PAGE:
Summary: Mothers Day challenge to honor mothers
Three mothers were talking about how devoted their sons were to them. One
bragged, ““My son is so devoted to me, for my birthday he gave me an all-expenses-
paid cruise around the world.”” The second boasted, ““That’’s nothing. Mine threw a
huge catered affair for me, and he flew in all my friends from the East.”” The third
woman smirks at them both. ““Without a doubt, my son is the most devoted. Three times
a week he goes to his therapist. A hundred and thirty dollars a session he pays. And
what does he talk about the whole time? Me!””
On May 9, 1914 by an act of Congress, President Woodrow Wilson proclaimed the
second Sunday in May as Mothers day, a day for public expression and remembrance of
our Mothers. But 3500 years earlier God said, “Honor thy father and thy mother: that thy
days may be long upon the land which the LORD thy God giveth thee.
The laws of God do not seem to be equally challenging. Some may seem to be
easier to keep than others, but I have found that the laws of God point to potential areas
of weakness in our lives. If God set it down as a law, then it must be an area in which by
nature we are prone to failure, for by nature we break every law of God and this law is
no exception. All the way from You shall have no other gods before ME to you shall not
covet your neighbors possessions there is no law that the society of fallen man has not
broken, reworded, watered down, replaced, changed or simply ignored.
Jesus argued this point in the sermon on the mount. Matt. 5:21-22; 27,28. In both of
these examples Jesus goes to the heart of the issue. What is it that leads one to
murder? It begins in the heart with anger, jealousy, contempt, impatience or some other
issue. It was anger that moved Cain to murder his brother. The term Raka denotes an
attitude of contempt and is probably the motivation for the cruel treatment and killing of
many of the African/Americans in the earlier years of our country. Fool is a term that
means empty headed or idiot, a term that I used last week when a thoughtless driver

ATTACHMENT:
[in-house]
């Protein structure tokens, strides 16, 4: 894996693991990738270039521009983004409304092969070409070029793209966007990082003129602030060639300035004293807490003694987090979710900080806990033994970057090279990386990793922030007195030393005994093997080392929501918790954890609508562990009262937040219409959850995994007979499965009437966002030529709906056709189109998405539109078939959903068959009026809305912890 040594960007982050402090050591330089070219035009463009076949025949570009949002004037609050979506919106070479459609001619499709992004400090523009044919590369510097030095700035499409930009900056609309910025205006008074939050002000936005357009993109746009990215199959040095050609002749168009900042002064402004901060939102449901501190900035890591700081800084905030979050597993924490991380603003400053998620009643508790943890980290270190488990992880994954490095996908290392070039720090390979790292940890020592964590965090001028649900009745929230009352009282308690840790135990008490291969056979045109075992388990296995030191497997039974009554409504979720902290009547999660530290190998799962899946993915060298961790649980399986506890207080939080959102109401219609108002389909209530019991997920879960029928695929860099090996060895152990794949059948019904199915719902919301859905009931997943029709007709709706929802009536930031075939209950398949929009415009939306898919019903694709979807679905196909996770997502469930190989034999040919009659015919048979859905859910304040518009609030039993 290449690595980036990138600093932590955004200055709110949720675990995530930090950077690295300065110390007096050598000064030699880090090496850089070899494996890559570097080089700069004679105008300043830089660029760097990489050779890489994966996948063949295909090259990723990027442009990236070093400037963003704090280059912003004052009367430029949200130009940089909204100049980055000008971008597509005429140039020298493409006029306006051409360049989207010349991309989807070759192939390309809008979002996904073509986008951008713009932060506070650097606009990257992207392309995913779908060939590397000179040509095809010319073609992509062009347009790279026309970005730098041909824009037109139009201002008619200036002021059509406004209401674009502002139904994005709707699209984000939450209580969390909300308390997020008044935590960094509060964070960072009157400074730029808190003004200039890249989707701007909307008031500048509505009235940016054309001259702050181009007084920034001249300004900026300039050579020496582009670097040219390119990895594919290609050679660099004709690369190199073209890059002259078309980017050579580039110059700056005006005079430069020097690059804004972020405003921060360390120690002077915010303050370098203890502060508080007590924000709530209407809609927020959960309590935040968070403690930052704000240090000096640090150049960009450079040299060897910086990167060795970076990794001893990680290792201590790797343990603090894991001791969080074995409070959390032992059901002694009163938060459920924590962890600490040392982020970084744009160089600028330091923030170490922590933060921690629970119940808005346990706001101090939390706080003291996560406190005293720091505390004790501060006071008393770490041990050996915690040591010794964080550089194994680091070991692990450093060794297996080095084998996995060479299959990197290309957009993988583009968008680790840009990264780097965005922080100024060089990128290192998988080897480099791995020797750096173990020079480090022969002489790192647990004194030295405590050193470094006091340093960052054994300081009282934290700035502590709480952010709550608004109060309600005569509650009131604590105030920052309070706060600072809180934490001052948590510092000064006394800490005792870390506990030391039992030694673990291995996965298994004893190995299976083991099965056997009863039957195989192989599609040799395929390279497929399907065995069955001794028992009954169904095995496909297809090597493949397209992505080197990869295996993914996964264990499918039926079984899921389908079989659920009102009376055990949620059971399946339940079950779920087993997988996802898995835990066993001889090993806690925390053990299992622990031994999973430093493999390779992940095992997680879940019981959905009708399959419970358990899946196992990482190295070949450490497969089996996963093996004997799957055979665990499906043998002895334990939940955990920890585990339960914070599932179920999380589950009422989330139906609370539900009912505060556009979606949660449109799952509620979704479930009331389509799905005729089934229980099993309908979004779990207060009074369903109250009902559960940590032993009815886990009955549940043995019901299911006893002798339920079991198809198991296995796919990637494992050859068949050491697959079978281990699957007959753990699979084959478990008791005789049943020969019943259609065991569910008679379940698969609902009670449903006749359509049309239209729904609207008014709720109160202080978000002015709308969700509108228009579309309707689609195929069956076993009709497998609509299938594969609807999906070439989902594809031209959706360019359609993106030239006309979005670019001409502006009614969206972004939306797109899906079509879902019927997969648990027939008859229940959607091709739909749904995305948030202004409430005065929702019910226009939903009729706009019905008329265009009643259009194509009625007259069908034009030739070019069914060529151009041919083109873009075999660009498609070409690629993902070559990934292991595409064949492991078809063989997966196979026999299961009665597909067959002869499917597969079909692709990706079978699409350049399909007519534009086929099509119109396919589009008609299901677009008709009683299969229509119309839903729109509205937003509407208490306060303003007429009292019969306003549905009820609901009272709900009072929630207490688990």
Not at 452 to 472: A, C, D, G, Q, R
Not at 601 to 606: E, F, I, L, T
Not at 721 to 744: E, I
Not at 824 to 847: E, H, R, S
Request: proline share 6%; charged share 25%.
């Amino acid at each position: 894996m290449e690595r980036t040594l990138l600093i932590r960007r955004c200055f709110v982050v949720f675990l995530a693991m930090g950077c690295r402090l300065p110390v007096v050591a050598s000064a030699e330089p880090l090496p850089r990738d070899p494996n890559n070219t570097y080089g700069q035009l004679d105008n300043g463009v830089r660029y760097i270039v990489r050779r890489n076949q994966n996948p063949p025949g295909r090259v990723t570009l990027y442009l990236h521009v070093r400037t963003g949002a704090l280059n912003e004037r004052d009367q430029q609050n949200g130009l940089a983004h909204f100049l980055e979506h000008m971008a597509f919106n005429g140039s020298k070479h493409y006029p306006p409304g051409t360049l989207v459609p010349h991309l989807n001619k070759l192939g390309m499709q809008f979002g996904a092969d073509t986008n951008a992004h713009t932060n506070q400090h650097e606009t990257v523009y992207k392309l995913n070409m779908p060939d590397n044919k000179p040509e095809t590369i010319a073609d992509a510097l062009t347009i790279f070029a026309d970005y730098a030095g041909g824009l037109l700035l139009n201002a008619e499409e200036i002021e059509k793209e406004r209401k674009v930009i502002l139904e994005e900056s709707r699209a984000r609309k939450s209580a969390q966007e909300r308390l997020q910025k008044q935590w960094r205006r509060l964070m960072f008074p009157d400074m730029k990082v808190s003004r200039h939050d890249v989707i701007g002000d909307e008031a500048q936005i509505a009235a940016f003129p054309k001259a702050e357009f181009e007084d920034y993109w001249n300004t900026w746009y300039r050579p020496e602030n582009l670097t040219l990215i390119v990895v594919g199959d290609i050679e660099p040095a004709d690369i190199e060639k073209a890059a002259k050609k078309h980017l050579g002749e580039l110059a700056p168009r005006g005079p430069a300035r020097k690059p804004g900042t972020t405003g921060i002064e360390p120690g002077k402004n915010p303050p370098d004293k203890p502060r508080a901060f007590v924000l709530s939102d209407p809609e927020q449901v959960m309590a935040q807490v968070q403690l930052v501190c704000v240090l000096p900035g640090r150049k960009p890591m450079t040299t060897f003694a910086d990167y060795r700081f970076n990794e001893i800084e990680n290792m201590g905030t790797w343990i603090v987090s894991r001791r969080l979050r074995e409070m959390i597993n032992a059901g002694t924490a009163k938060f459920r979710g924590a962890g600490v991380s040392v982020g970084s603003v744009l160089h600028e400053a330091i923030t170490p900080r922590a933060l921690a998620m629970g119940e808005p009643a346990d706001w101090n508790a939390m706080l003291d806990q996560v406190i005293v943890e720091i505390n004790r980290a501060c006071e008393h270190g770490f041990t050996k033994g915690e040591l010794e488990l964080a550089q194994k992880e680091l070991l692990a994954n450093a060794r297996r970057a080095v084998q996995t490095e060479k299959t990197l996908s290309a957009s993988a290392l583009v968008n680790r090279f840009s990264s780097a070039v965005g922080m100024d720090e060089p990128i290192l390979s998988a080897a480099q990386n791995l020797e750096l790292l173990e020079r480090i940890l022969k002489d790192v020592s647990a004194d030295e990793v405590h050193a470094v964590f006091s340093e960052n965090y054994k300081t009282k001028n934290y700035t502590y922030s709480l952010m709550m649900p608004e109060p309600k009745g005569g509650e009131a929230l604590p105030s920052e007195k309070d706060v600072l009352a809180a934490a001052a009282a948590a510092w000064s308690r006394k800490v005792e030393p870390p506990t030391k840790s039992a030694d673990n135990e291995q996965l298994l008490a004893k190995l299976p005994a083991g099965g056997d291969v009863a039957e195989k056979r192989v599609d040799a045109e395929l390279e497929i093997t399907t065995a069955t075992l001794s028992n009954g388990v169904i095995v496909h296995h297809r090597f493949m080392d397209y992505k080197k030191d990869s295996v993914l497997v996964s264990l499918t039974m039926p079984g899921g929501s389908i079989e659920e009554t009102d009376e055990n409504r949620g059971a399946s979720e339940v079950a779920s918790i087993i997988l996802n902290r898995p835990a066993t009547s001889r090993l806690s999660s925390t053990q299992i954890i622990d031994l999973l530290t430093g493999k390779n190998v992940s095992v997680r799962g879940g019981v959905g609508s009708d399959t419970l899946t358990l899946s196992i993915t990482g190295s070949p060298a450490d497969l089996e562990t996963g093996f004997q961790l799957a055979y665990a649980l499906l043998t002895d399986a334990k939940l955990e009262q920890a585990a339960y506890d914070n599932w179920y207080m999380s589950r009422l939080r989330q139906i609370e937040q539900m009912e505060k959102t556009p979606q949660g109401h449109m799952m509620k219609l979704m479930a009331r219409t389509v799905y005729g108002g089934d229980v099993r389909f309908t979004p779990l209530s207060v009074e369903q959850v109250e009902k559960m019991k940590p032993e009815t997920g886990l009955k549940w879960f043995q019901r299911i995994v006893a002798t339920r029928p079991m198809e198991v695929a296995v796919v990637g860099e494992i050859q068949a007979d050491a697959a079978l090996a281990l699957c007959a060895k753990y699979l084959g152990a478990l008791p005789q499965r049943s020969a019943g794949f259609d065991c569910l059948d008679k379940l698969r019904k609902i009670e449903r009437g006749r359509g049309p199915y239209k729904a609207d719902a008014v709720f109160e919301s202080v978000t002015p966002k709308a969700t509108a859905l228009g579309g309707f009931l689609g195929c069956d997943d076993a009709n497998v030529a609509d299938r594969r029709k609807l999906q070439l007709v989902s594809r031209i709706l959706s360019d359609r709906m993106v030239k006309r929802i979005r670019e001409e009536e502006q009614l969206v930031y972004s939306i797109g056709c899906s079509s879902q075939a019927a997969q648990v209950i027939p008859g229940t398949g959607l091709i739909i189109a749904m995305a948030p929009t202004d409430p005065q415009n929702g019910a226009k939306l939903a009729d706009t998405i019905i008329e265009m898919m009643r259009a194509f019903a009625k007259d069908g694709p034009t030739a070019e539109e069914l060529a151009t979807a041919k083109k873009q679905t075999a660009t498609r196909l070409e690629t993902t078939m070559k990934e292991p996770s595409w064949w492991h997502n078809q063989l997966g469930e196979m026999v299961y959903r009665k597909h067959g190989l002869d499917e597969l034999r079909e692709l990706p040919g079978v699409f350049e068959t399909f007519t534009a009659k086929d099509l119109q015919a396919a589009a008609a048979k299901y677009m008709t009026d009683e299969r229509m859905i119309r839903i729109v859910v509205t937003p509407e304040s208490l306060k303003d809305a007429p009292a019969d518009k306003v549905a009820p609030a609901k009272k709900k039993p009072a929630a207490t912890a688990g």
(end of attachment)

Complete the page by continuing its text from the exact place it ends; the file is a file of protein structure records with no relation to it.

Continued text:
pulled out in front of me as I was driving my truck. After thoughts of what I could do with
80,000 pounds of truck to that car in front of me, it occurred to me that I was feeling
what is now called road rage, and then Jesus words in Matthew 5 came to mind. And
yes I did confess my sin, and I have to tell you that I’m glad God is so ready to forgive!
Jesus argues His point again in Matt. 15:1-6...
We must infer by this passage that at least part of God’s intention in the law “honor
your father and mother” had to do with financial support in their old age if necessary.
Some of Jesus audience in this passage had made a loophole in the law. It’s a rather
technical issue but allow me to illustrate it like this. Supposing you had an apartment in
your home that you used to generate supplementary income. At some point your
parent... no, lets change that... your mother-in-law finds herself in a situation where she
needs financial assistance for her living accommodations. Because you are frustrated
with your mother in law you decide to tell her that you’ve promised the Lord that you
would dedicate the proceeds of the apartment to the missions pledge you made at
church. So you can’t really help her right now without robbing from the Lord.
Thus vs 5... By this action you make the command of God of no effect, and incur
Jesus accusation in vs 7.... It again comes back to a heart issue.
Jesus brought up the issue of honoring parents multiple times in His ministry, and
again later through the Apostle in the epistles, so it must be an important issue to Him.
How important is it to us? Do we honor our parents, and on this Mothers Day specifically
do we honor our mothers?
One girl was struggling with this issue as she reviewed how unreasonable and
difficult her parents were, but she also had a desire to honor the Lord, so as she argued
with herself on this issue she reasoned that, the Bible DOES say "Honor thy mother and
father." Yes, said the other side of the argument, but I wonder if the Lord actually knows
my parents and if so does this still apply to me. She finally concludes, It doesn’t say,
"Honor thy mother and father if they are worthy of being honored." It doesn’t say, "Honor